Anyone who loves music, particularly great songs, probably remembers the moment he first listened to "The Girl From Ipanema" or "Desafinado". For me it was something like the summer of 1962. As a teenager, and fledgling musician, I was in orbit around the music of Motown, The Beatles and Chicago radio Jazz DJ Sid McCoy.
Then I heard the composer Jobim, and I found a part of myself. The mysteries of the long shaped melodies, and the complex harmonic structures completely resonated in me. Pretty much everything I ever composed, or enjoyed listening to ever since had some root in that moment of discovery.
Years passed and I made my mark as a musician, and for perhaps emotional and spiritual reasons, in the early '90's, I began listening again to ALL of Jobim's body of work. Only now I was much more equipped to recognize qualities that I could not grasp when I was a kid.
I also embarked on casual explorations of all Brazilian Music from the 1950's forward. This included reading as much as I could find, in English, about Jobim's development, his history, his life.
There was puzzlingly little about the man himself, his personal challenges, demons, triumphs. What was he thinking about? Obviously, we'll never know.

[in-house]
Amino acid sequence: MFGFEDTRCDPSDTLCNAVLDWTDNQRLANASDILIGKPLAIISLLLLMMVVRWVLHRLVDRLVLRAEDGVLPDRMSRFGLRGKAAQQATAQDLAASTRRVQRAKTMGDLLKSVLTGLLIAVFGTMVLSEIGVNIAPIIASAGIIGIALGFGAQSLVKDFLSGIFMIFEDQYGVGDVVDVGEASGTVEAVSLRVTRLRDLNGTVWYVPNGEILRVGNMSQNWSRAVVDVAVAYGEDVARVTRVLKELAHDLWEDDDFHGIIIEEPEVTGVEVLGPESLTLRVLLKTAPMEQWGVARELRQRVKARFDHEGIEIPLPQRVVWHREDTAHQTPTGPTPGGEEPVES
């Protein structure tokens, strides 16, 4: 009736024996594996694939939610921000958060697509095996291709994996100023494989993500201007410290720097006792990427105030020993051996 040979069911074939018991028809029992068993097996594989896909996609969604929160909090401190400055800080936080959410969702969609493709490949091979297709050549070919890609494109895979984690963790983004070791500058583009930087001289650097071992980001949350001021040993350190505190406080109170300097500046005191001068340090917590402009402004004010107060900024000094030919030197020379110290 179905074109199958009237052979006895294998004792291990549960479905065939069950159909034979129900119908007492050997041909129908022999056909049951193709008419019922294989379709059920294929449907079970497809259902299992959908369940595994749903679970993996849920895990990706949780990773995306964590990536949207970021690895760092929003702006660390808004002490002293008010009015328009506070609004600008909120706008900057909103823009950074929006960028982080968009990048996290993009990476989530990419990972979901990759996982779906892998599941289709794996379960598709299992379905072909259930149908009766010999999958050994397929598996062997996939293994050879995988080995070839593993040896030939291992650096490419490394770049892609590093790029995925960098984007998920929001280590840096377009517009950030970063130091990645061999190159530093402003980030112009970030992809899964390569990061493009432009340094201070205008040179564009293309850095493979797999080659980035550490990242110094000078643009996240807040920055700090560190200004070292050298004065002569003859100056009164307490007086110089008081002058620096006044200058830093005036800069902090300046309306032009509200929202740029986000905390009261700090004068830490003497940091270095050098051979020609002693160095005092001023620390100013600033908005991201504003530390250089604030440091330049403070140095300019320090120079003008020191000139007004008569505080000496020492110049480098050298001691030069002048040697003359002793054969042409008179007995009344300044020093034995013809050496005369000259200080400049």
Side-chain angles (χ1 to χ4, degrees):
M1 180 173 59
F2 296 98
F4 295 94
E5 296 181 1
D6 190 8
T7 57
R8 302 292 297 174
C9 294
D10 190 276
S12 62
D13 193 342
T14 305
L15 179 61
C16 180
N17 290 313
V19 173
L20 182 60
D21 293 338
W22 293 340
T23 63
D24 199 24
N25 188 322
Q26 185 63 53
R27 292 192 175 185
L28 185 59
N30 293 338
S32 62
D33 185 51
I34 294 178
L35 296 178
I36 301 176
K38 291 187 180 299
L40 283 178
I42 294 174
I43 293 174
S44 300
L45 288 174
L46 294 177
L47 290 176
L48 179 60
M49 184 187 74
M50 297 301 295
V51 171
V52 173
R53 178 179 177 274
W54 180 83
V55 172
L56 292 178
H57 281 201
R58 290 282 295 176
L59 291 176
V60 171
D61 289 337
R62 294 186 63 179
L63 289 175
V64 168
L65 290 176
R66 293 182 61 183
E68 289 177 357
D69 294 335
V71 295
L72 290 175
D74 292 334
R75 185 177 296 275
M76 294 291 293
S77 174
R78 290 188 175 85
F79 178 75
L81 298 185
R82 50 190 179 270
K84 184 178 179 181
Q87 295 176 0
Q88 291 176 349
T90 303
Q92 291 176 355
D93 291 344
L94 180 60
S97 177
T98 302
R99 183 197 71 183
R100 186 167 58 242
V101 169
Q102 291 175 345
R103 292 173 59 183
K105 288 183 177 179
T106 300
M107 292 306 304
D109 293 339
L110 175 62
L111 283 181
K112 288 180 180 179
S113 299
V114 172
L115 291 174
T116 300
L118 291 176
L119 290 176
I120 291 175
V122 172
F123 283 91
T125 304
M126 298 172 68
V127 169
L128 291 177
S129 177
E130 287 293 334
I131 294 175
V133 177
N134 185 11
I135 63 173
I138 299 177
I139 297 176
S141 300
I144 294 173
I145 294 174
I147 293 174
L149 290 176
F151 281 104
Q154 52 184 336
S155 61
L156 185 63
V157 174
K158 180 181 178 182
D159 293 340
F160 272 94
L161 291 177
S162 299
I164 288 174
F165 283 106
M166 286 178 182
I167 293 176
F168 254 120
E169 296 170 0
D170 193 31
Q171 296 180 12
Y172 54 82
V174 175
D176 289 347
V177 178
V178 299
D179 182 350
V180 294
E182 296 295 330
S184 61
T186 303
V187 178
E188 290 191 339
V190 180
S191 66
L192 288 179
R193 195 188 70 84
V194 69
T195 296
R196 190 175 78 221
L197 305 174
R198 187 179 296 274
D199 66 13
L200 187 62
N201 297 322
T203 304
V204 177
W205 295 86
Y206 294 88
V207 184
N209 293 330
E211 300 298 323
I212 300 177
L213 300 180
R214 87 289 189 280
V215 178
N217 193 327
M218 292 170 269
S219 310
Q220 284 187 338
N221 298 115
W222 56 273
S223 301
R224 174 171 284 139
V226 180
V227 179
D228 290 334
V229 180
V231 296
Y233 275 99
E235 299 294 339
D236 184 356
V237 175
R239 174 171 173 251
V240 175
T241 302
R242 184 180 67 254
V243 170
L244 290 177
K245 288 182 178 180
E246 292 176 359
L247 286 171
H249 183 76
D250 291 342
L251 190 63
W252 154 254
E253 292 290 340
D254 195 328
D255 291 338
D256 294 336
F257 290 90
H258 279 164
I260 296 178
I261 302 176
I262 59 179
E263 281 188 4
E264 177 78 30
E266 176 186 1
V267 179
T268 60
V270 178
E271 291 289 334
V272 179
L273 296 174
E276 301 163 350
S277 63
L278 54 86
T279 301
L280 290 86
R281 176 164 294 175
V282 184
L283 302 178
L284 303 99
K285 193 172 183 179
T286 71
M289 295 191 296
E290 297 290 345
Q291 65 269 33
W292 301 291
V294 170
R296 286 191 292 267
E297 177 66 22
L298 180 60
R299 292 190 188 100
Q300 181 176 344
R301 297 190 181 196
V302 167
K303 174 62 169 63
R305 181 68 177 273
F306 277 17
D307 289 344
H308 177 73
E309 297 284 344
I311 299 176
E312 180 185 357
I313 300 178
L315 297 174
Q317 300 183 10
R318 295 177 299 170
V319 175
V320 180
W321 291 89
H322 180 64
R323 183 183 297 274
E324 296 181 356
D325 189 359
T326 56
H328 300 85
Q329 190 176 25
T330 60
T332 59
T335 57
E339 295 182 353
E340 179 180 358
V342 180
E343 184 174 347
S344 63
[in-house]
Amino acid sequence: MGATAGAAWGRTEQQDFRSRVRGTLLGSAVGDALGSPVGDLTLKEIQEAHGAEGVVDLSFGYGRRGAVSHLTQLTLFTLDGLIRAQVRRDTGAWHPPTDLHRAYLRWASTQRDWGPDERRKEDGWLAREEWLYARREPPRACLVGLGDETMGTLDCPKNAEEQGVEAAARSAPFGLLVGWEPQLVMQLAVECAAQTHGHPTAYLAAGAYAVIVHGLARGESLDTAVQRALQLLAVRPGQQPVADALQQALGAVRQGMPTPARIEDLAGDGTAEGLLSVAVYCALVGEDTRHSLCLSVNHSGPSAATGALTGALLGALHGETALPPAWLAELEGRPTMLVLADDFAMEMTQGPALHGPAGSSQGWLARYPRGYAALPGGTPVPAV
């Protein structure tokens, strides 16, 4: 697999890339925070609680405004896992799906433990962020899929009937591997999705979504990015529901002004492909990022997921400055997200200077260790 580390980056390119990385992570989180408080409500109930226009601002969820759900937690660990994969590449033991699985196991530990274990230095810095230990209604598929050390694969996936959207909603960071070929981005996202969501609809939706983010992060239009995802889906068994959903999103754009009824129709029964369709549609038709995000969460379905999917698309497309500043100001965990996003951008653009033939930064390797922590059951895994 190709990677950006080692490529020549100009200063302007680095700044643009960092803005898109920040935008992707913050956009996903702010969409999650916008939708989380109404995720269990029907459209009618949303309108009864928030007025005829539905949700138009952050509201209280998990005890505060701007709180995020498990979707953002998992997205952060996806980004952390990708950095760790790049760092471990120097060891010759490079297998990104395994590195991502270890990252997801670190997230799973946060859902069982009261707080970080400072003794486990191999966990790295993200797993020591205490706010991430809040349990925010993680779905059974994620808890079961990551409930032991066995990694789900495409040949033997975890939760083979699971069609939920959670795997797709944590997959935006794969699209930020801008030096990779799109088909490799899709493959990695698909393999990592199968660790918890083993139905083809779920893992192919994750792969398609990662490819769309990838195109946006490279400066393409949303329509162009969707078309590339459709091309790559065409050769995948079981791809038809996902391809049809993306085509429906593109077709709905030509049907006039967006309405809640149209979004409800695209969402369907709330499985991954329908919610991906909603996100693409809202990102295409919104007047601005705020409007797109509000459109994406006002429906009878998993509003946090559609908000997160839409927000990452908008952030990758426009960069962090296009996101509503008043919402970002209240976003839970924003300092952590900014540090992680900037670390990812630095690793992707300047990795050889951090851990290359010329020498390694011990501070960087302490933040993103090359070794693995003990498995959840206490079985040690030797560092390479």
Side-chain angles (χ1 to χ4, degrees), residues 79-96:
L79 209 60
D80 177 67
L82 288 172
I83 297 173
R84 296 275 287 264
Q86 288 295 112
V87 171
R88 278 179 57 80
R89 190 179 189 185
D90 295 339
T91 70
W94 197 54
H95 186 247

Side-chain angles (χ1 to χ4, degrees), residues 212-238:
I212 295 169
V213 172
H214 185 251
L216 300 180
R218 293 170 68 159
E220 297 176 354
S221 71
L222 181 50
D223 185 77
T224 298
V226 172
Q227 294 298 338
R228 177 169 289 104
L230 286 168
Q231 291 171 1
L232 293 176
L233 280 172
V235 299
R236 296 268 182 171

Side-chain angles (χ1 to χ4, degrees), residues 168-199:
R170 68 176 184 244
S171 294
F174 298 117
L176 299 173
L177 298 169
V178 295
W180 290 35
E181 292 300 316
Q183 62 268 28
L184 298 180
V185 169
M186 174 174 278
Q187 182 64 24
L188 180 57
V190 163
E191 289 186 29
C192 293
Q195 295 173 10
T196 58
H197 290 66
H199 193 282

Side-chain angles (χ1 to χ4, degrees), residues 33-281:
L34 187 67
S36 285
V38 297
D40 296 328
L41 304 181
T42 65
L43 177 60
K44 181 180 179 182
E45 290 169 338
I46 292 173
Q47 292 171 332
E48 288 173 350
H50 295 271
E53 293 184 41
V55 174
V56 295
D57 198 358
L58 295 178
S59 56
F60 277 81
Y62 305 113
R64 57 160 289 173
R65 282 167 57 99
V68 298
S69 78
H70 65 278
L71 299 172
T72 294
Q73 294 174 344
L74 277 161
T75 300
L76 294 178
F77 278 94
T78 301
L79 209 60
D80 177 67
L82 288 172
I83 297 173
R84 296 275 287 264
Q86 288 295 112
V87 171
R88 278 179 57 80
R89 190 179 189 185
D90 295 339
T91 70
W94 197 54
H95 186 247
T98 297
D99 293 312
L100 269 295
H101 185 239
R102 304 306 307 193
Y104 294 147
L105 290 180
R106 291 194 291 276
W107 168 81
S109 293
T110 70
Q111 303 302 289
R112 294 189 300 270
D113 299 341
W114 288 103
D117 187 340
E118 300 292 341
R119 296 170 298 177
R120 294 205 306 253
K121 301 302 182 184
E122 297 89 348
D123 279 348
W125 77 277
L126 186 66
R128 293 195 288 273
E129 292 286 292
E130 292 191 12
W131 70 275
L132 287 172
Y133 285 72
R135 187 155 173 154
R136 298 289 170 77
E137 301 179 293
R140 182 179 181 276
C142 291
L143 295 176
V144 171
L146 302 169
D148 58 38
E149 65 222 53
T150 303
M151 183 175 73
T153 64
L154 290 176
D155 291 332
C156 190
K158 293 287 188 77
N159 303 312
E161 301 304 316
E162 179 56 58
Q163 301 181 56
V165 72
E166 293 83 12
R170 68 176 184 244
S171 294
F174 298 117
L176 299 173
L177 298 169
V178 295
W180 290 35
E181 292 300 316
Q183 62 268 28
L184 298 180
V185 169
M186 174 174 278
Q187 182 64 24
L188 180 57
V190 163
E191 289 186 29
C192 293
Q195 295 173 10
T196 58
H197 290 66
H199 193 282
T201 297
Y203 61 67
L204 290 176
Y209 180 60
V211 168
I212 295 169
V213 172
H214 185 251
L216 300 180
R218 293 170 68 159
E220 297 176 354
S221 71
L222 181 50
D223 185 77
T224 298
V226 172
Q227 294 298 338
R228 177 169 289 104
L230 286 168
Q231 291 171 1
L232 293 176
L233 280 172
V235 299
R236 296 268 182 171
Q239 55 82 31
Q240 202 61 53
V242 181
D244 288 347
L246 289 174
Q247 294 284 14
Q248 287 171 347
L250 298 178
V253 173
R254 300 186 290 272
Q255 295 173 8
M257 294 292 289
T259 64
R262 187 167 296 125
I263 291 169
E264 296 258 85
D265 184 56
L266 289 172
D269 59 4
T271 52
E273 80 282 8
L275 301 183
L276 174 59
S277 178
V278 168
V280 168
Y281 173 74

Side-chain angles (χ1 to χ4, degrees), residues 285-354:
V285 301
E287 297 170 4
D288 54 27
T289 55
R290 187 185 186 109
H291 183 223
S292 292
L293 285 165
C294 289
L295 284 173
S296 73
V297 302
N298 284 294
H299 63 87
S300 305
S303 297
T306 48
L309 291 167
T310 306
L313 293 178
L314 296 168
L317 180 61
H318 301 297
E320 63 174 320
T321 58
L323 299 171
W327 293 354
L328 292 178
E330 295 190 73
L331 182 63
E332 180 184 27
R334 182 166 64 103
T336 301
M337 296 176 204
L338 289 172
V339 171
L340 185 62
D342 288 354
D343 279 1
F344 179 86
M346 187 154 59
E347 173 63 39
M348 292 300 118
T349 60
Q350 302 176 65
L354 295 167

Then came my discovery, on the internet, of Antonio Carlos Jobim: Um Homem Iluminado, by Helena Jobim. (Available in Portuguese, and perhaps, Japanese, but not English).
What precious nuggets of insight lay frustratingly out of my ignorant reach?
In my reading internet articles, I had come across the learned and entertaining writing of Professor Dario Borim, who shared a love of music and particularly Jobim, with me. I took a chance and wrote to him, and thus began a labor of love to bring the charming memoir to a huge population of English reading music lovers. Mr. Borim took time from his busy activities as a teacher, writer, Radio personality and took on the translation. I am forever grateful to him.